In reality, what we seem to be doing these days, is engaging in a rate race to own our eLearning projects, instead of owning up for the business outcomes and the educational value outcomes of our eLearning projects that got released as educational products in the market. Sometimes we don’t even have the guts to own up the right outcomes. How many of us research the success of our the eLearning product that we conceptualized and manifested and released in the live market? How many of us check the viability of our product in a live environment? How many of us check if our products got used, how long they got used, or whether they got shelved? And how many of us are only interested in payments from the clients or our individual monthly salaries? [Yes. You are bang on!!]

Conclusion

There may be innumerable causes why we don’t learn from the mistakes we made in eLearning products from the past, or in why we don’t strike when the iron is hot?

But let me look at the future through this story:

Today I watched this movie, “Jobs”. Yes! Steve Paul Jobs! The Man behind Apple Computers. At one point of time in the movie, Apple Computers reaches its all-time low, making the kind of losses it never made in its entire history under the leadership of Steve Jobs! What happened? They threw Steve Jobs, and someone else was handed the baton in the interim, for a few years. Then Steve Jobs returns. The company begins to profit again, until in September 2012, Apple Computers, becomes the most valuable company that ever existed on this planet. What did Steve Jobs do? All I could conclude from the life-story of Steve Jobs is that, he had some kind of a live and running internal list of common activities aped under the herd mentality that reigned all of his competitors in the business (fellow IT giants competing in selling the same products as Apple Computers). Steve Jobs on the other hand, according to me, just had one very easy and simple rule! He just made sure that he kept reversing this entire running list of common activities, for as long as he was alive! And he kept using this reversed list as a starting point of his every innovation.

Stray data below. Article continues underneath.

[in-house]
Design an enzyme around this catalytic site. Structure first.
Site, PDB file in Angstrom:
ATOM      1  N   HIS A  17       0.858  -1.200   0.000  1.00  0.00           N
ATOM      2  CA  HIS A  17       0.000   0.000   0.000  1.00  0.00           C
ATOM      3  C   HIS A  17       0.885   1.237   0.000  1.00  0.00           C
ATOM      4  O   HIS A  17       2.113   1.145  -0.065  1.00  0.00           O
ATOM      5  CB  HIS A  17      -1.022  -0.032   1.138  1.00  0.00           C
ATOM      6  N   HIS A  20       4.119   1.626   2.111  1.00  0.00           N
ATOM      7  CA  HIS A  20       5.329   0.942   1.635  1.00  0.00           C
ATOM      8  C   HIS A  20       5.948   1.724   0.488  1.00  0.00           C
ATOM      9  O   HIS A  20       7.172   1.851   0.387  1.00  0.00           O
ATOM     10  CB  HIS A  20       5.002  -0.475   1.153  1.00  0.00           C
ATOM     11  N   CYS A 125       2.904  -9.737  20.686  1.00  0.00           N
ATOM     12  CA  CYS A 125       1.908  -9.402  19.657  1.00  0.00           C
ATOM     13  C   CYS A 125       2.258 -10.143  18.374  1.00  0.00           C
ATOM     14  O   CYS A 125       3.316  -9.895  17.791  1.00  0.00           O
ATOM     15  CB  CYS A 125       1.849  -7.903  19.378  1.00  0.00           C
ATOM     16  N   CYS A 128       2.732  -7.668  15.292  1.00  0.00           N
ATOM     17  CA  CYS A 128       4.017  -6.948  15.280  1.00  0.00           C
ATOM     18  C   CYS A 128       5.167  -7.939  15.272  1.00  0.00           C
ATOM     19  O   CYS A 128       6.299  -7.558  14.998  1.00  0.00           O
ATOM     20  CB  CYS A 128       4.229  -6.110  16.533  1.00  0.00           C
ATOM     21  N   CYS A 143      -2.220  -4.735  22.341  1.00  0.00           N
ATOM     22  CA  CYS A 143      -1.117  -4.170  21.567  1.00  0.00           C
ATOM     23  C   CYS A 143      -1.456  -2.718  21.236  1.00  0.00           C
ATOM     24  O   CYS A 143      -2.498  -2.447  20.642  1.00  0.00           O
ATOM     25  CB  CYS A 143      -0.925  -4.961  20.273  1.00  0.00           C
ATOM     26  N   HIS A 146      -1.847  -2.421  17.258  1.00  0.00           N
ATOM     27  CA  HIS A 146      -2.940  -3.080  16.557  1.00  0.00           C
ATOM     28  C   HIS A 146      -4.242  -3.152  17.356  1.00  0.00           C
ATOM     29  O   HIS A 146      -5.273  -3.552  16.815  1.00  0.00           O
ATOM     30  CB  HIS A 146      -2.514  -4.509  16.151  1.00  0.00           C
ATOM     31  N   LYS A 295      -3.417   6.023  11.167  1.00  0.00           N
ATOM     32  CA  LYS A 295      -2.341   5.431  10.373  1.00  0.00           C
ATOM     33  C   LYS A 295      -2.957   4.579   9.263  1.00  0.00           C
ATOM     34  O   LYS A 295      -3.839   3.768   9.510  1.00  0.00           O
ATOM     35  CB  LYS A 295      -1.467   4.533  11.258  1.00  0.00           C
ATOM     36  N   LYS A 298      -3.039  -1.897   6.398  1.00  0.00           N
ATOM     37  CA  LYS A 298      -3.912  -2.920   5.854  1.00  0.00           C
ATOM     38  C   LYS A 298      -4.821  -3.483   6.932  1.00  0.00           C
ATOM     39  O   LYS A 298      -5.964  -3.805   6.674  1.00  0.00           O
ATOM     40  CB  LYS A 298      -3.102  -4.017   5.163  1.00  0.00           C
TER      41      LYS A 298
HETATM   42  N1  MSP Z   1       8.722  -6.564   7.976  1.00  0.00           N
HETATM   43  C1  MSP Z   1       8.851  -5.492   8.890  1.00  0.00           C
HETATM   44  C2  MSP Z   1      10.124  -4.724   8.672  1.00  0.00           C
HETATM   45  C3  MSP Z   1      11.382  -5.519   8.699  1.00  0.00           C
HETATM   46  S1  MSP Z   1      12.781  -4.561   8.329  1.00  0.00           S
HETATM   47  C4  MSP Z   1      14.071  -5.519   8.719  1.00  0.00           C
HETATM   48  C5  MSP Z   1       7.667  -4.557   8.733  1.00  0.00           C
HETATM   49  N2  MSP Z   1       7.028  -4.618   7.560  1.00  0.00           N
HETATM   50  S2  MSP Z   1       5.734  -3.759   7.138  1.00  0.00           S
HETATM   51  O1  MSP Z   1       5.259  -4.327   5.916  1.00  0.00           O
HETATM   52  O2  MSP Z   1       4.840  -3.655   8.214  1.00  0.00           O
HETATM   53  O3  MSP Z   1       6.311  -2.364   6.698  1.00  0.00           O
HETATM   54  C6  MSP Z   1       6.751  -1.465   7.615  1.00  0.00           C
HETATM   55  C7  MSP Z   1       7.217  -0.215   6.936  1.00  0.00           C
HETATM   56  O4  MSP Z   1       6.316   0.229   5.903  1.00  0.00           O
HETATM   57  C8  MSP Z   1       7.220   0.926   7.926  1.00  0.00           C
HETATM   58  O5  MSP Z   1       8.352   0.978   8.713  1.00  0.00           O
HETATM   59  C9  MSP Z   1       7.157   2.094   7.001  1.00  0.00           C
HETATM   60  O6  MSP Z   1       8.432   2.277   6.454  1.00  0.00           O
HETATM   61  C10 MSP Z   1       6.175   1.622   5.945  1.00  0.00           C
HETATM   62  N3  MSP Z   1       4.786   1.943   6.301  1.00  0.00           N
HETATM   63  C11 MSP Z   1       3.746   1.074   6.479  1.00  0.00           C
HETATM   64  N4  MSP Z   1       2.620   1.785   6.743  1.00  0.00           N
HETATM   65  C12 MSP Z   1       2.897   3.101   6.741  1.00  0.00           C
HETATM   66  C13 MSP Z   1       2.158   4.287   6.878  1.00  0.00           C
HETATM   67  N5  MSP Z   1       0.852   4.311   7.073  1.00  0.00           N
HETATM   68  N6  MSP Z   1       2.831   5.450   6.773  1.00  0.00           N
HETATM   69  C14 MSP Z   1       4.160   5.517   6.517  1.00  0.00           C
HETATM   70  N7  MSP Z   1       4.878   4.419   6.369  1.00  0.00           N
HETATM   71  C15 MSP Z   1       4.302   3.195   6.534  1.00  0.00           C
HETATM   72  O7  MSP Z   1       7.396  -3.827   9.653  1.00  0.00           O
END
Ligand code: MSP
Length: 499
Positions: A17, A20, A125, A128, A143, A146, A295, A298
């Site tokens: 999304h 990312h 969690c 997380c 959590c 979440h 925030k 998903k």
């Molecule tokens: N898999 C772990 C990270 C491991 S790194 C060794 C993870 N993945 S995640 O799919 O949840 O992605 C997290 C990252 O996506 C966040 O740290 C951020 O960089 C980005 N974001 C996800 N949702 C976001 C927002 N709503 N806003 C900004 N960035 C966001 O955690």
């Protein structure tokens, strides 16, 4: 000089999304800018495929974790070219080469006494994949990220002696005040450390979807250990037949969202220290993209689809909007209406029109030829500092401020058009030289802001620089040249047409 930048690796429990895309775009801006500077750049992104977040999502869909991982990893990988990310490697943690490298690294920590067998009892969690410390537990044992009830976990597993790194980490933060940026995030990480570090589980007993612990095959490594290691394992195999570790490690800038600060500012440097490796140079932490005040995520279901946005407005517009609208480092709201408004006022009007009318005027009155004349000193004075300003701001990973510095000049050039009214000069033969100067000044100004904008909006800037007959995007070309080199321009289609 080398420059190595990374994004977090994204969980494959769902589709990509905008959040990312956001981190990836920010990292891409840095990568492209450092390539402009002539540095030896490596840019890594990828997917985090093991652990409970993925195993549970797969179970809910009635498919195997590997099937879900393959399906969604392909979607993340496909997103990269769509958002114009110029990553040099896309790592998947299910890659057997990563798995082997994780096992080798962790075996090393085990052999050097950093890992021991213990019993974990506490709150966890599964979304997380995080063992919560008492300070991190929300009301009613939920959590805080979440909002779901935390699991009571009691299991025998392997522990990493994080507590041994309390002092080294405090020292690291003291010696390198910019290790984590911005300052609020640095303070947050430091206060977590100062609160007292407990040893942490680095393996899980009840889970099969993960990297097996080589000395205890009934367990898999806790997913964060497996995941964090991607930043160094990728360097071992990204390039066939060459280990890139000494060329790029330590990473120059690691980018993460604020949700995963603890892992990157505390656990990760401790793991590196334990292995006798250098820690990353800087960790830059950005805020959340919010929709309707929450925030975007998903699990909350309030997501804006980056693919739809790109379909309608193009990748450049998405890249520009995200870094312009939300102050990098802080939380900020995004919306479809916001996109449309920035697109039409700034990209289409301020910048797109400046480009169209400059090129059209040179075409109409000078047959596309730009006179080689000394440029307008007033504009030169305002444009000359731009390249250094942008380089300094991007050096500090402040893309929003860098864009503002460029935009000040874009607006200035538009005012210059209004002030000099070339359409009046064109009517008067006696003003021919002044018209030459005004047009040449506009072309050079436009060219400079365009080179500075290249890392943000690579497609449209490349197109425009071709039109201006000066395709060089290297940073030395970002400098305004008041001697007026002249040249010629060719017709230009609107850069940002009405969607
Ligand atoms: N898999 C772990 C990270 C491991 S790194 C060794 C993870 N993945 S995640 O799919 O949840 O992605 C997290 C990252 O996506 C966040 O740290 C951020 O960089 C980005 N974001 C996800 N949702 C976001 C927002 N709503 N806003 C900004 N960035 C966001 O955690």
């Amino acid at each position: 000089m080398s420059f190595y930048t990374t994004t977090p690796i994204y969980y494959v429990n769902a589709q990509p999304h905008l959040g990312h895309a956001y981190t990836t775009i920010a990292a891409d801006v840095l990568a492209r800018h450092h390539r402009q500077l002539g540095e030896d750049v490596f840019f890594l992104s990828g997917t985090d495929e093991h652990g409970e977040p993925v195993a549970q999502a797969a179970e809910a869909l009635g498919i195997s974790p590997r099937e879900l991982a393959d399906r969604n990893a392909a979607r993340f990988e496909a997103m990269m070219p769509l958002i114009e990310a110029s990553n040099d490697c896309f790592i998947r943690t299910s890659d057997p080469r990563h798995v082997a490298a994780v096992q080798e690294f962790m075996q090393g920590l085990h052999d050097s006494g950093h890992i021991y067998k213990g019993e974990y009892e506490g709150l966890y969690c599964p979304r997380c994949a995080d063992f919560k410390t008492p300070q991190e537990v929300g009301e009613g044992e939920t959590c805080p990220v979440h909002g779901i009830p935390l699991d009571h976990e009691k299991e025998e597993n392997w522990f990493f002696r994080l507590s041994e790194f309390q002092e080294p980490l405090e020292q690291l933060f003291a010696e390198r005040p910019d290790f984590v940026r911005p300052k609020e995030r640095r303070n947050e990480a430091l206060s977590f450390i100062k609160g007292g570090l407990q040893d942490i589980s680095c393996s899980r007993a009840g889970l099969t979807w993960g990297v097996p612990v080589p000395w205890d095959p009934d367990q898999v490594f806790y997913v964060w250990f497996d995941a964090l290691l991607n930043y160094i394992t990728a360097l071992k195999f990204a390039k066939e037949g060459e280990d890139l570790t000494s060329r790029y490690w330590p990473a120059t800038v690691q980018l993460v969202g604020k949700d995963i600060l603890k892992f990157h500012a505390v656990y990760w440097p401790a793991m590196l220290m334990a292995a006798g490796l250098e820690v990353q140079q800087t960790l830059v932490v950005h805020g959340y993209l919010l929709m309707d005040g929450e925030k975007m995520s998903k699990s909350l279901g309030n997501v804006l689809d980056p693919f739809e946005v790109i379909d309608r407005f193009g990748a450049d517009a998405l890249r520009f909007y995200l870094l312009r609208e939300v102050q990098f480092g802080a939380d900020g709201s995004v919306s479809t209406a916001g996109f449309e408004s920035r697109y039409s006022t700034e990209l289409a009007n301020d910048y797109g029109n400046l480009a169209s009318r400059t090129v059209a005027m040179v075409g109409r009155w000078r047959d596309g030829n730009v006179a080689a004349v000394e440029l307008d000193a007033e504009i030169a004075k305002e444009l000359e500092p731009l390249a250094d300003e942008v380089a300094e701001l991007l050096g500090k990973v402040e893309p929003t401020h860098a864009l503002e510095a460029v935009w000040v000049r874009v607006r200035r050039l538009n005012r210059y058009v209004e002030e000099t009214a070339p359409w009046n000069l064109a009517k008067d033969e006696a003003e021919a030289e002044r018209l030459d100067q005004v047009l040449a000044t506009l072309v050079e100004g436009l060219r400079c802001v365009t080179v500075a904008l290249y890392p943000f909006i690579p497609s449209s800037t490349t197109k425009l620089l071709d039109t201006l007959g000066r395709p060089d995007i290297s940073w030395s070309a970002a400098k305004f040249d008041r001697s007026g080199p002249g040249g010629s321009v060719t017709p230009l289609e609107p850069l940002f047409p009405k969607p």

Reverse psychology anyone? (We might want to think about it!)